No TikTok for State Employees

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Gov. Kay Ivey sent a memo to all state agency heads earlier this week to announce she has banned the use of TikTok on state devices and the state network. This cyber security action from the governor is to protect the state and Alabamians’ sensitive data from Chinese infiltration activities, as set forth in further detail in the memo.

“Protecting the state of Alabama and our citizens’ right to privacy is a must, and I surely don’t take a security threat from China lightly,” Ivey said. “After we discussed this with our OIT secretary, I came to the no-brainer decision to ban the use of the TikTok app on our state devices and network. Look, I’m no TikTok user, but the evidence speaks for itself, and I want to make sure I’m doing everything we can as a state to stand against this growing security risk.”

The memo reads: 

Protecting Alabama’s IT infrastructure from cyber threats is vital to ensuring the safety and success of our State. The computer devices and networks used by our state government house significant amounts of Alabamians’ sensitive data. They also ensure the proper functioning of numerous automated government functions.

Recently, national security officials have warned of growing threats posed by the video-sharing app TikTok. TikTok is owned by a Chinese parent company and thus potentially subject to Chinese laws enabling its data to be shared with the Chinese Communist Party.

Disturbingly, TikTok harvests vast amounts of data from its users, much of which has no legitimate connection to the app’s supposed purpose of video sharing. For example, when users run the TikTok app for the first time, they give TikTok access to information such as their device brand and model, mobile carrier, browsing history, app and file names and types, keystroke patterns and rhythms, wireless connections and geolocation. Use of TikTok involving state IT infrastructure thus creates an unacceptable vulnerability to Chinese infiltration operations.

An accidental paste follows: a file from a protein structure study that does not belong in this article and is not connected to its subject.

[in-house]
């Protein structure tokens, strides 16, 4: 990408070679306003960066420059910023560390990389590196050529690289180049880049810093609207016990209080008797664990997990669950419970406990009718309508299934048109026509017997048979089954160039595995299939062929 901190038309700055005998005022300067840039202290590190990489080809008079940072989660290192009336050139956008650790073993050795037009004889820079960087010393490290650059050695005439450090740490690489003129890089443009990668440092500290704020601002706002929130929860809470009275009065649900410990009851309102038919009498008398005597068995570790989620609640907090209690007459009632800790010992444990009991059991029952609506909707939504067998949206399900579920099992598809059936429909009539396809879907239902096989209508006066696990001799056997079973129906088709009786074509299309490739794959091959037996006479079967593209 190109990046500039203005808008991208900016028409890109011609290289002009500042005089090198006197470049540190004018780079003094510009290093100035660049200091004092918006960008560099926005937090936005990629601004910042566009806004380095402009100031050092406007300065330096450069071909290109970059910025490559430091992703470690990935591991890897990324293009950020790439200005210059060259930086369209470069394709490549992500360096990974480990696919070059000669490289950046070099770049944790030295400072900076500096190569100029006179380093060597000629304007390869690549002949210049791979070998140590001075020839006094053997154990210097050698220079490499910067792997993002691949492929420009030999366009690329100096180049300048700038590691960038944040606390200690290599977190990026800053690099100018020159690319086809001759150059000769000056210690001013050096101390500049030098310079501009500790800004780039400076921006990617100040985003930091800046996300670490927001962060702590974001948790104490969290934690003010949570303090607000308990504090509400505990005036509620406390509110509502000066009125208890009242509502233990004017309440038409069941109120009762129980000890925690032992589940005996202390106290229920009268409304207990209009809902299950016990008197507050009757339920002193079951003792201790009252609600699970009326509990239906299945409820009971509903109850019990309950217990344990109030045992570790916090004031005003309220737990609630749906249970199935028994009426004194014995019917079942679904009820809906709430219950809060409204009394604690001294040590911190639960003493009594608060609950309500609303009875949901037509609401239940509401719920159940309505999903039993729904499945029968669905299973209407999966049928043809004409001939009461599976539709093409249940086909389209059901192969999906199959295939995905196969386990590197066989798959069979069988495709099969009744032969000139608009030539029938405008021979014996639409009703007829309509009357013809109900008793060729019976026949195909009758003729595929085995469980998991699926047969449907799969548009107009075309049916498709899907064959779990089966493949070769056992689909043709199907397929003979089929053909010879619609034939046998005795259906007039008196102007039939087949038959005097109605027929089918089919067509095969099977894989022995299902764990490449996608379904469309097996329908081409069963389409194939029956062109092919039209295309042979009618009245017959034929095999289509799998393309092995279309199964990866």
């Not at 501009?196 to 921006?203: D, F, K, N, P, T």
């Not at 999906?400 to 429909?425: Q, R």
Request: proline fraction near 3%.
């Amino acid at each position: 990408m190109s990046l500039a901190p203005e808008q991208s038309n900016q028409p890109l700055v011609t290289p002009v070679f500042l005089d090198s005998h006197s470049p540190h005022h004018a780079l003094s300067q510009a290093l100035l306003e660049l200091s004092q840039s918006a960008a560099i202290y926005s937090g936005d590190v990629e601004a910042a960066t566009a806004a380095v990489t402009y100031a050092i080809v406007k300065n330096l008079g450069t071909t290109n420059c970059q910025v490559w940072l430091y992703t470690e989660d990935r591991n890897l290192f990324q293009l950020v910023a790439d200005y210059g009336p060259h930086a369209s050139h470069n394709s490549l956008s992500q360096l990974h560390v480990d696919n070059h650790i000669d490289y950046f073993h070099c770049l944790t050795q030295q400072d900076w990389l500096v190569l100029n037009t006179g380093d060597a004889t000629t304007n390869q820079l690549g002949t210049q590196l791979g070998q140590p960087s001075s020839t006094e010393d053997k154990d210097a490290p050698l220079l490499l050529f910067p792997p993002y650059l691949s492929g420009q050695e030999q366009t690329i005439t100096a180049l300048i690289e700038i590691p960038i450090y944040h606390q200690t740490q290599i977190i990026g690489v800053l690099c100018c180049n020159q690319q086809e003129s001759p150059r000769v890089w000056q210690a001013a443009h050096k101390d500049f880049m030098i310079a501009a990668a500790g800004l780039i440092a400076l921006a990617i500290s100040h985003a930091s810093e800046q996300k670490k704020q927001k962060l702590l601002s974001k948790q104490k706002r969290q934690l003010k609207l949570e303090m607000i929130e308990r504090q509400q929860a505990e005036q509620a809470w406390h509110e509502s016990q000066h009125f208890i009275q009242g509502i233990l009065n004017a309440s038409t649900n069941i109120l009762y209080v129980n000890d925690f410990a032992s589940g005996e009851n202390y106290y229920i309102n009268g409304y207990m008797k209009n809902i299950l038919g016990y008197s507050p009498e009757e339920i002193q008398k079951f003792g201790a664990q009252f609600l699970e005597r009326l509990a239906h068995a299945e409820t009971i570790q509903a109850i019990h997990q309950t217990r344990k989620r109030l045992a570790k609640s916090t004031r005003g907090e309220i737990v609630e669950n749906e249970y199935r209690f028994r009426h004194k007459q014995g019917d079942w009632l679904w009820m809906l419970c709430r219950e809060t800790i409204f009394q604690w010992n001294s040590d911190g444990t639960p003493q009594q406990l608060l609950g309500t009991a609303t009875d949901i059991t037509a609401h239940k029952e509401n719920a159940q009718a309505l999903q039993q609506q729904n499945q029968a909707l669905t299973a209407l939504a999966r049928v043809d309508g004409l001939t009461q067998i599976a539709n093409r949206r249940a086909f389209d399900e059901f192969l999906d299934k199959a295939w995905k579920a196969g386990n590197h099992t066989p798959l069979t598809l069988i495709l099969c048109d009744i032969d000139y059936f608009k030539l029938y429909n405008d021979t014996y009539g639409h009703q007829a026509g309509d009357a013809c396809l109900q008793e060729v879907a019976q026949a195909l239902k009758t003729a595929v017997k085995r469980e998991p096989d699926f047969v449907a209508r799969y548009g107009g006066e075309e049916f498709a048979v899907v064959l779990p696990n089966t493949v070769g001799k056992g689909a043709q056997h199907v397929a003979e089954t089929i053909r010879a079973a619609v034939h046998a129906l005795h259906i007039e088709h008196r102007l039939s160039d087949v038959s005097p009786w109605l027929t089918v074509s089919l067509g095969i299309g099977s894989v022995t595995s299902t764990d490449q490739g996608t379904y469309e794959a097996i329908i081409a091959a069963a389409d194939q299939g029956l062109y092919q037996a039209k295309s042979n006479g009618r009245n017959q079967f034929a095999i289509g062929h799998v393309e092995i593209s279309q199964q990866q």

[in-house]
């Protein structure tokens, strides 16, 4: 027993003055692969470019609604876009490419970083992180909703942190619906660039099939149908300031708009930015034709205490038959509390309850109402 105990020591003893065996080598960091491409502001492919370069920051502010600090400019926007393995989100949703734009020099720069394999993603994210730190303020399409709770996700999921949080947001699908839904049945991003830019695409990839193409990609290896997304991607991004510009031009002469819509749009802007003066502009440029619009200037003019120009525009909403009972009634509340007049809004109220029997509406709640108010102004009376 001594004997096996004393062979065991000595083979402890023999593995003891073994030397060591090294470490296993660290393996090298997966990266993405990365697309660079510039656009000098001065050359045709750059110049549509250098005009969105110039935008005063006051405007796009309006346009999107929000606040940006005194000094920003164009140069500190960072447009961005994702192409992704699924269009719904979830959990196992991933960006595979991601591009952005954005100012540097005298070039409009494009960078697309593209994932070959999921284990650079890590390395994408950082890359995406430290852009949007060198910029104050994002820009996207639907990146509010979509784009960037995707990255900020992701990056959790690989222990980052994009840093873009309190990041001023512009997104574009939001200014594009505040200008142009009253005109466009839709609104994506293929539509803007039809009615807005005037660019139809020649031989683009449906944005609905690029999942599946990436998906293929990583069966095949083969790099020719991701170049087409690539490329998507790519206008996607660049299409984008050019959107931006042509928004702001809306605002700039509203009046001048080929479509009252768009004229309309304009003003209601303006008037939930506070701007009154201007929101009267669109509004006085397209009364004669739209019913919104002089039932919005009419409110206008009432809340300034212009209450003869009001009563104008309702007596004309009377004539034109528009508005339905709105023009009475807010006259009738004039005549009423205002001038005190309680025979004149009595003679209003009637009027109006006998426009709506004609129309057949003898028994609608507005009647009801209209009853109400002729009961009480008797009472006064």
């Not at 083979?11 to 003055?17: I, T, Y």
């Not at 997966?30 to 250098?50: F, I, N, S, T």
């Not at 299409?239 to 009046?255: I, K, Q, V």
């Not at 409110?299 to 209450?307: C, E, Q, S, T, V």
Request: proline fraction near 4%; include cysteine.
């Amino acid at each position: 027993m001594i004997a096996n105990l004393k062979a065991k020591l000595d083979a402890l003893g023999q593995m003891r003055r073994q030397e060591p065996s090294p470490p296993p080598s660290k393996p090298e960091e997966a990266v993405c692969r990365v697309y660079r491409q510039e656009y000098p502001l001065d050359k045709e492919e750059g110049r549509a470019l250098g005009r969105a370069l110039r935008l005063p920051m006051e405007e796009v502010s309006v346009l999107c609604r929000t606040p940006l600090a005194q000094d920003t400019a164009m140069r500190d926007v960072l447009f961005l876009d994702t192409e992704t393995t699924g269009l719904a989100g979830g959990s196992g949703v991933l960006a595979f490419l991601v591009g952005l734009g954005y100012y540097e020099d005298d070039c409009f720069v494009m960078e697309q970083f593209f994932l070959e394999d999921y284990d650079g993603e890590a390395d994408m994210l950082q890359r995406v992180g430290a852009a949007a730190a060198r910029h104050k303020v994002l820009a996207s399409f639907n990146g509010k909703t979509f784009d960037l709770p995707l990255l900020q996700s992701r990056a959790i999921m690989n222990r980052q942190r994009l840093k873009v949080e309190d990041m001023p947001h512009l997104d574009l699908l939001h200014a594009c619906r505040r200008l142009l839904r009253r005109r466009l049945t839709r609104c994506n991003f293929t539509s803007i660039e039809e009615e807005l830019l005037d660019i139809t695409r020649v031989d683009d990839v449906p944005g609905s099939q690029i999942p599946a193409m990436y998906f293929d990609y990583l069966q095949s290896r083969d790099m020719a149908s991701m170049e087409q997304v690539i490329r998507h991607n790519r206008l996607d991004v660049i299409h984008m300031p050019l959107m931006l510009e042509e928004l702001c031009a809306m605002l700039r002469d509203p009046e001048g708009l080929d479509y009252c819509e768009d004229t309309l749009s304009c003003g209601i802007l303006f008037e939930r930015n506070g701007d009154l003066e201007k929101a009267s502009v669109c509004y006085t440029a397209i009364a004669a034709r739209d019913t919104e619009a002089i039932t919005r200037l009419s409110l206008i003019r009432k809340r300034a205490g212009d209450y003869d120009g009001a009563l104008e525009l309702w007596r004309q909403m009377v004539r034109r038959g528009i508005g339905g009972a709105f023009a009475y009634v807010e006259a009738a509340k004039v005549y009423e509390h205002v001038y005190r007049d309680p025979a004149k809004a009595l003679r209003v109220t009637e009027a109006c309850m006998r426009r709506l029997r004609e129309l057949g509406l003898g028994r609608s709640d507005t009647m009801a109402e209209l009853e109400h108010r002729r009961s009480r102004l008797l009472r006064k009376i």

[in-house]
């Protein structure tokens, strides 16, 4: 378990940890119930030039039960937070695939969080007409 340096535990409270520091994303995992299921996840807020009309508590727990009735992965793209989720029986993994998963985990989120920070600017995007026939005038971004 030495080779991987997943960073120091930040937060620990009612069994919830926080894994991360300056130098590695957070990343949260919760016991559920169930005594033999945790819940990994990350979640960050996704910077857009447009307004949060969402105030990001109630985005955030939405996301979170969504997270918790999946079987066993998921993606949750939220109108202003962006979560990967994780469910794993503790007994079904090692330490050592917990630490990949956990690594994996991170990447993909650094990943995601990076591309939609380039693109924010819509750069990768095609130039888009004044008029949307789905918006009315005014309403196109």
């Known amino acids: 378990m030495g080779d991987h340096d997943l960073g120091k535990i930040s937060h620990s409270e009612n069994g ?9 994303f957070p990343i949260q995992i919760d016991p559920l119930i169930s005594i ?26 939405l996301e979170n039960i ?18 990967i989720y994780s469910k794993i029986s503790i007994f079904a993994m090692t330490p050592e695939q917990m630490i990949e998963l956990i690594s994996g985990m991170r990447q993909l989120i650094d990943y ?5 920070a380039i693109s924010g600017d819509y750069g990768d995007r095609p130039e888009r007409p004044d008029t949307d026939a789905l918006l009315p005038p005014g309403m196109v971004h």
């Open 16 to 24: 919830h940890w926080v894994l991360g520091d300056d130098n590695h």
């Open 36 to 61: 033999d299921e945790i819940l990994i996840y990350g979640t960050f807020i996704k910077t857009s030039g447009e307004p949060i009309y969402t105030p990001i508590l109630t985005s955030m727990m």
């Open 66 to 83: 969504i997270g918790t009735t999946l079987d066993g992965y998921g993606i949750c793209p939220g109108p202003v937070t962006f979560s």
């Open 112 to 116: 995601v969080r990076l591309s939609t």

Given these serious security concerns related to the use of TikTok, I have asked the Sec. of Information Technology to update his agency’s policies to prevent TikTok from accessing the state IT network and state IT devices — even while providing exceptions for law enforcement and other essential governmental uses of the app.

These new policies accompany this memorandum. Consistent with these policies, executive branch agencies should immediately take all necessary steps to prevent TikTok from accessing sensitive state data.

Thank you for all you do to ensure the success and safety of our great State. Together, we will defend the State of Alabama and its people from the growing security risk posed by TikTok.


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